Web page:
Well FUCK! Everyone answers to somebody somewhere sometime however operating vessels is and should be considered as blue collar labor and not white collar management although I am on record as saying previously that a master can certainly be considered as being both. I am just glad that this is not the news ECO or any other GOM operator wants to read. The field is open in these downtimes to organize for the future. There is nothing standing in their way but just like always they’ll moan while they are laid off and do nothing to better their conditions of employment after the good times return…Stoopid, Stoopider, STOOPIDEST!

      • Updated - - -

HEY! Where the FUCK is Jeaukx Bawss Hogg?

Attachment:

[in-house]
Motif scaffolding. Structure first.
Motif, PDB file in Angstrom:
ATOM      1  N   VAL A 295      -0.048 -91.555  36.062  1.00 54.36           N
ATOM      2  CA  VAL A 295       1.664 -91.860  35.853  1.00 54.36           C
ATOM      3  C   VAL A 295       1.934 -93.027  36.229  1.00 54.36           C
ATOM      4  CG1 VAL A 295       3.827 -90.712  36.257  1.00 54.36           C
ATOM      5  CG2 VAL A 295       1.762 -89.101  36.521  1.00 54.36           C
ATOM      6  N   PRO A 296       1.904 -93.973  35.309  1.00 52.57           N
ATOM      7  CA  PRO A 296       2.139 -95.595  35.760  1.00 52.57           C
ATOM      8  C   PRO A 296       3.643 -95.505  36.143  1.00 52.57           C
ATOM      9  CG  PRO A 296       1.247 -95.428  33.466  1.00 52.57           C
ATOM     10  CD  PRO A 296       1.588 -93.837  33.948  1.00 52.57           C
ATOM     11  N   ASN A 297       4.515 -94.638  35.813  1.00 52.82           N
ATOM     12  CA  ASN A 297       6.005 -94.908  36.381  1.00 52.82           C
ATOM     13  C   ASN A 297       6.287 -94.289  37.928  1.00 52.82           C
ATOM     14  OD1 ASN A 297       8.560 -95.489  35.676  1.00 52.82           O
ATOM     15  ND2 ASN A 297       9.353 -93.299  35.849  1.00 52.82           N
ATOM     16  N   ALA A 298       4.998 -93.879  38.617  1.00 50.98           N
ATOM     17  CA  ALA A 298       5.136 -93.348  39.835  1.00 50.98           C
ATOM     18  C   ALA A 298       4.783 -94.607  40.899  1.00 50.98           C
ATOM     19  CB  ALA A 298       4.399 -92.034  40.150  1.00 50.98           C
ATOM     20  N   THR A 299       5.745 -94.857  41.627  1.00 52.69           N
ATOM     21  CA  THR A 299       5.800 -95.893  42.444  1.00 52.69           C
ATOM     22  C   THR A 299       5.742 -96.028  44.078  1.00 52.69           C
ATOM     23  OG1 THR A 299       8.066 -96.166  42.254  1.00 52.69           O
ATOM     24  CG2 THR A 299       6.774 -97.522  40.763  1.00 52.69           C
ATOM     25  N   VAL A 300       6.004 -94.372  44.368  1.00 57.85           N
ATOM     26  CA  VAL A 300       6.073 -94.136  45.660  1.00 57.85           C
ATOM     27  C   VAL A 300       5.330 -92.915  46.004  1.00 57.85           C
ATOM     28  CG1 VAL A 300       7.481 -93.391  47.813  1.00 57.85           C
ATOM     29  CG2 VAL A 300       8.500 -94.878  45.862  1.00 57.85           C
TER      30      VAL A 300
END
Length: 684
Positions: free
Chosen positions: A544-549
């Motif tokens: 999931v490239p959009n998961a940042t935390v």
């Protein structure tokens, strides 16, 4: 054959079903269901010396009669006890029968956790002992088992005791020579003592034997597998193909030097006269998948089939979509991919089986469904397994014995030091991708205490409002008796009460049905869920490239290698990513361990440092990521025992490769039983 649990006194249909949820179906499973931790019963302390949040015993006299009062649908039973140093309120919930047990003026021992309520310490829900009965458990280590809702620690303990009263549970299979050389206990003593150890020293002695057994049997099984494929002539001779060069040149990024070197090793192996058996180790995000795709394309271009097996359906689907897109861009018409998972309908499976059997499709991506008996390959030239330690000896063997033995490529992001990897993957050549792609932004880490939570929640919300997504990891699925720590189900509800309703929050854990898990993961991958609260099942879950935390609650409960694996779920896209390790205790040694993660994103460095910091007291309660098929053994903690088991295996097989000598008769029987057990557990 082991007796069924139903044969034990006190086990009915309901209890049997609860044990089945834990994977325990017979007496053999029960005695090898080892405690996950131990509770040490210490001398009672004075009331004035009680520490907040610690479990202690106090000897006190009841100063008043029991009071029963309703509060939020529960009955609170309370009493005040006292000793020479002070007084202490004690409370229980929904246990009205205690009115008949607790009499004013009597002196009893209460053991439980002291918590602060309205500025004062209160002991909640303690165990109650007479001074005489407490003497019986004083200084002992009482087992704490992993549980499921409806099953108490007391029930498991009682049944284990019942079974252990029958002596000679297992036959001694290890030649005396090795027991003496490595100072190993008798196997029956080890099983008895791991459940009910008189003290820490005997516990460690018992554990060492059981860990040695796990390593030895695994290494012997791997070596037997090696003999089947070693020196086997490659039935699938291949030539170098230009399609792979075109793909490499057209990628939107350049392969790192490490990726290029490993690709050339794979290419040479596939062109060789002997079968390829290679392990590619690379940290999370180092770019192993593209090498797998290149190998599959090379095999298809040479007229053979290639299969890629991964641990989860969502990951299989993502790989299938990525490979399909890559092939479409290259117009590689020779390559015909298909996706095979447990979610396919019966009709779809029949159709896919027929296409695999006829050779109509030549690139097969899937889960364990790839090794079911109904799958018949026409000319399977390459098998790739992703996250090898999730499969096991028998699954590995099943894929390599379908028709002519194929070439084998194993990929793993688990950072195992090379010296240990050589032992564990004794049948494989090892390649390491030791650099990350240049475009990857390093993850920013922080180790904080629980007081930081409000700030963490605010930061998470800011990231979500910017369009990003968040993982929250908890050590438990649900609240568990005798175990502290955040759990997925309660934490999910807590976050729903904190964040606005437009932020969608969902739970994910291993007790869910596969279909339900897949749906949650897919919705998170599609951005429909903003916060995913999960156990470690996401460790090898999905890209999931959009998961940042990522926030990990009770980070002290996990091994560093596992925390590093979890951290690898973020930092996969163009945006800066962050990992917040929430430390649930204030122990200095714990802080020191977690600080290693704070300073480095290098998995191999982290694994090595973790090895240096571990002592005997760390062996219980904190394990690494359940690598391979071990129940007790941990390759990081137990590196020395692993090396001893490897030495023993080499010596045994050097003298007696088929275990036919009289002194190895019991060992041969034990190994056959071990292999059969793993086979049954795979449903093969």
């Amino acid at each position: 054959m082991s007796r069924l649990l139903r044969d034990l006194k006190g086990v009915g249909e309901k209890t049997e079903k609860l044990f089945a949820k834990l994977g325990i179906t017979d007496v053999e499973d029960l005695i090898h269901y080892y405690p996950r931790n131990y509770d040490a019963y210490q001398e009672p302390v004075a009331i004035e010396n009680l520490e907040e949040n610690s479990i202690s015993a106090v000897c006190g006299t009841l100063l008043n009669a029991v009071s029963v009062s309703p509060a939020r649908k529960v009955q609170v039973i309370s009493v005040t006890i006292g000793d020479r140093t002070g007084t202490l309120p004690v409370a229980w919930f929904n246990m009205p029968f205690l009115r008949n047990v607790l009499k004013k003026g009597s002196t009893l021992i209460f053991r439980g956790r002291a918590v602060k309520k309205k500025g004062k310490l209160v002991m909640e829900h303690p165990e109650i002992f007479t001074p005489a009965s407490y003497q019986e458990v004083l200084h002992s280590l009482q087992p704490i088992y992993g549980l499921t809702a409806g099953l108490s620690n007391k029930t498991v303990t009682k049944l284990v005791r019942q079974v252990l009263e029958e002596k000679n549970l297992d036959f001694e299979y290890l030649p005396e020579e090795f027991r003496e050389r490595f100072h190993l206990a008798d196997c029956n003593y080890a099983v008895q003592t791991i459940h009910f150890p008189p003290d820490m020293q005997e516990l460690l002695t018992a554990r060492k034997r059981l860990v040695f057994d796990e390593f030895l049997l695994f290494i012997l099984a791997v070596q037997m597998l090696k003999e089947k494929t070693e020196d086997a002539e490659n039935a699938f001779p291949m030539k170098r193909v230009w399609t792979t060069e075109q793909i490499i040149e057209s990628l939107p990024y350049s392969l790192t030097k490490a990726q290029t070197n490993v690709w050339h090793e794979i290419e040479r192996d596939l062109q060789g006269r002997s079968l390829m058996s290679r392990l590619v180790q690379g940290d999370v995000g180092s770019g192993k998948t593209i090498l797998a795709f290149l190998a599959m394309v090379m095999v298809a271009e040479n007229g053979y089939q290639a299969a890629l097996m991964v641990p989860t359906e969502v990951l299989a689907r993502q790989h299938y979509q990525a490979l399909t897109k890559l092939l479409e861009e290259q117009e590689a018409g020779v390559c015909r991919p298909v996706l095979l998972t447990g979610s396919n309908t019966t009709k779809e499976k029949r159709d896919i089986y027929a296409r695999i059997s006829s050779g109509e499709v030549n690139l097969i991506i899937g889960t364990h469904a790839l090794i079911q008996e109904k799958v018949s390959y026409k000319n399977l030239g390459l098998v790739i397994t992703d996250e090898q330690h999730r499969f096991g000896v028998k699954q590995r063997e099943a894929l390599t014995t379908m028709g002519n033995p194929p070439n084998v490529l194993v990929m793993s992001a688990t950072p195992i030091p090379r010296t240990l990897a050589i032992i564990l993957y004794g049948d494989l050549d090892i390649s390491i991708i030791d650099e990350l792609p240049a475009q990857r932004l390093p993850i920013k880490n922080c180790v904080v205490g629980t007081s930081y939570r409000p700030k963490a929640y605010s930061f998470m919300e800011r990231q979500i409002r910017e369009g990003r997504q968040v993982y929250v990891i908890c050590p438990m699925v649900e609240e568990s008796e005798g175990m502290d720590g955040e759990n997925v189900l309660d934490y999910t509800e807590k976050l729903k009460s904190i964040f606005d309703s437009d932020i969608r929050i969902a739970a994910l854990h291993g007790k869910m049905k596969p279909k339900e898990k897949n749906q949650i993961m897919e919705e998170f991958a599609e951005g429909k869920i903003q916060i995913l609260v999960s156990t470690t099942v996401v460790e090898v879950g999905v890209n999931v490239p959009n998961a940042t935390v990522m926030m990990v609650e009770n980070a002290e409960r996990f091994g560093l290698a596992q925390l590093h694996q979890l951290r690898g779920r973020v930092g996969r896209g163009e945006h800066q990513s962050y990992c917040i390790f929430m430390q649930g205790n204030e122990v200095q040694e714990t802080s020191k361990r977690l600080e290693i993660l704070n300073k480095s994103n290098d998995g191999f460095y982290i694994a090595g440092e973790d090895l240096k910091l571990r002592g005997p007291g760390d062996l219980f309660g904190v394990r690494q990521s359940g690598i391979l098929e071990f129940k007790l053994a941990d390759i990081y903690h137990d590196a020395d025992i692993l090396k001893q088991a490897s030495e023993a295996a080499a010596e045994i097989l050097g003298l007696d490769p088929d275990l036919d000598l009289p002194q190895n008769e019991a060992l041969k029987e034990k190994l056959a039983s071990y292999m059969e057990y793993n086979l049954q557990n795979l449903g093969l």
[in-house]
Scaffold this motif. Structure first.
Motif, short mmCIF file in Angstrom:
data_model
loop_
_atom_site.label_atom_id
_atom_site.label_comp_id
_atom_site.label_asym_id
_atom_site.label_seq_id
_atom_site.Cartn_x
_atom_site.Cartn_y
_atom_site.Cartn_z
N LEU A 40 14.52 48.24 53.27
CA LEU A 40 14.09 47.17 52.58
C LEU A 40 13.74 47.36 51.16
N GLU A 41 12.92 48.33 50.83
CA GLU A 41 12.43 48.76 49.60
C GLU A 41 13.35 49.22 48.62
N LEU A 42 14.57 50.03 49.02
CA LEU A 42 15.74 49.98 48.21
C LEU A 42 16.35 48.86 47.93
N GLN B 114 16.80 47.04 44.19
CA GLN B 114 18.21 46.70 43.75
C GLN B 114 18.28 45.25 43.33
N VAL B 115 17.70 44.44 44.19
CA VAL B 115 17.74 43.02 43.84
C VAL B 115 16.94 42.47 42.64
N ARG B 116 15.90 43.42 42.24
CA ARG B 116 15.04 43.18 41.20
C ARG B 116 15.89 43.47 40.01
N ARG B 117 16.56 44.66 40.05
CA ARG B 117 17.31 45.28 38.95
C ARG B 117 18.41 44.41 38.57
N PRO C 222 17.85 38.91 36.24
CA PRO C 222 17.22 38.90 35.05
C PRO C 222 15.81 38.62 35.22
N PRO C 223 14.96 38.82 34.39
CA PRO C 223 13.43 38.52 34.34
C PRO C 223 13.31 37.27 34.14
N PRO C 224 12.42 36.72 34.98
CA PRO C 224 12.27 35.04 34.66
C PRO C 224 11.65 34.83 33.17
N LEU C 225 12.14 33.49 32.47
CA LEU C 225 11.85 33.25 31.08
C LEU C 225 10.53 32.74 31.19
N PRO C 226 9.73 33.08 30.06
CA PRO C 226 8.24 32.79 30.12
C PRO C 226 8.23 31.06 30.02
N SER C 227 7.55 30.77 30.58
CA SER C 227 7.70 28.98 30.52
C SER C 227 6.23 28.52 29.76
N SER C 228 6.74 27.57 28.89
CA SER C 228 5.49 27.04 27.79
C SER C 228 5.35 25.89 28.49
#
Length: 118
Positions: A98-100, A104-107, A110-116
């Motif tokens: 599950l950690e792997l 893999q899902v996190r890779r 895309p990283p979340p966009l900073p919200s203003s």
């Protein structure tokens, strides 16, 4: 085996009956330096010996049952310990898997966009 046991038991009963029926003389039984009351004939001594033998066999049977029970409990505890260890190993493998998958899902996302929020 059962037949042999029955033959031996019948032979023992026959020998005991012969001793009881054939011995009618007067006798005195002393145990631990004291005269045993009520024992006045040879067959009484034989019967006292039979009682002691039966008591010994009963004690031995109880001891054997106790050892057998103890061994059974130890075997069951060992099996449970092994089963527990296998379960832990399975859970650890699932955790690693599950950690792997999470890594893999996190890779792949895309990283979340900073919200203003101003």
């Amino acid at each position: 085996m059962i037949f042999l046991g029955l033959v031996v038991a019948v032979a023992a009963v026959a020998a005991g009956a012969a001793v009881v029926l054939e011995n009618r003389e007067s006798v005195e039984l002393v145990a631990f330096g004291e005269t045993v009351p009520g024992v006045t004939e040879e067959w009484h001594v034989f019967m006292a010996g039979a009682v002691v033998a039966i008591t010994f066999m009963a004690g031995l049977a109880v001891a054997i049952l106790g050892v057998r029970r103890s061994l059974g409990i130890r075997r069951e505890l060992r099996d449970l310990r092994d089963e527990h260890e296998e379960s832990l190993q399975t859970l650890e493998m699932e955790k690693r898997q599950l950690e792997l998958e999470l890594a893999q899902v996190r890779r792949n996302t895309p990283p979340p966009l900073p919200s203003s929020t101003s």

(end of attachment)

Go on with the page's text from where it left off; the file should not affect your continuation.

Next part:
PHAT PHUCKING IMPOSTOR!


#14
Why do captains wear those fancy white collared shirts then?

#15

The IBU is a relatively week union that is affiliated with the longshoremen. Unlike the overpaid Longshoremen, the IBU payscales are near the low end of the range in the industry.

When the mostly Filipino workforce on the Delta Western (owned by Saltchuk) fuel dock in Dutch Harbor wanted to unionize last year, the Longshoremen sold them down the river by forcing them to organize as a unit of the much lower paying IBU. Th rational that the Longshoremen used was that the IBU was also trying to organize Cook Inlet Tug and Barge (which is owned by Foss and Foss is also owned by Saltchuk). Delta Western attempted to keep the IBU out by sending a laid off boat tankermen, and management out to Dutch Harbor to work on the dock and tilt the vote in Delta Western’s favor. It did not work,and Delta Western dock workers are now represented by the IBU.

Delta Western has three or four tugs delivering fuel which are nonunion.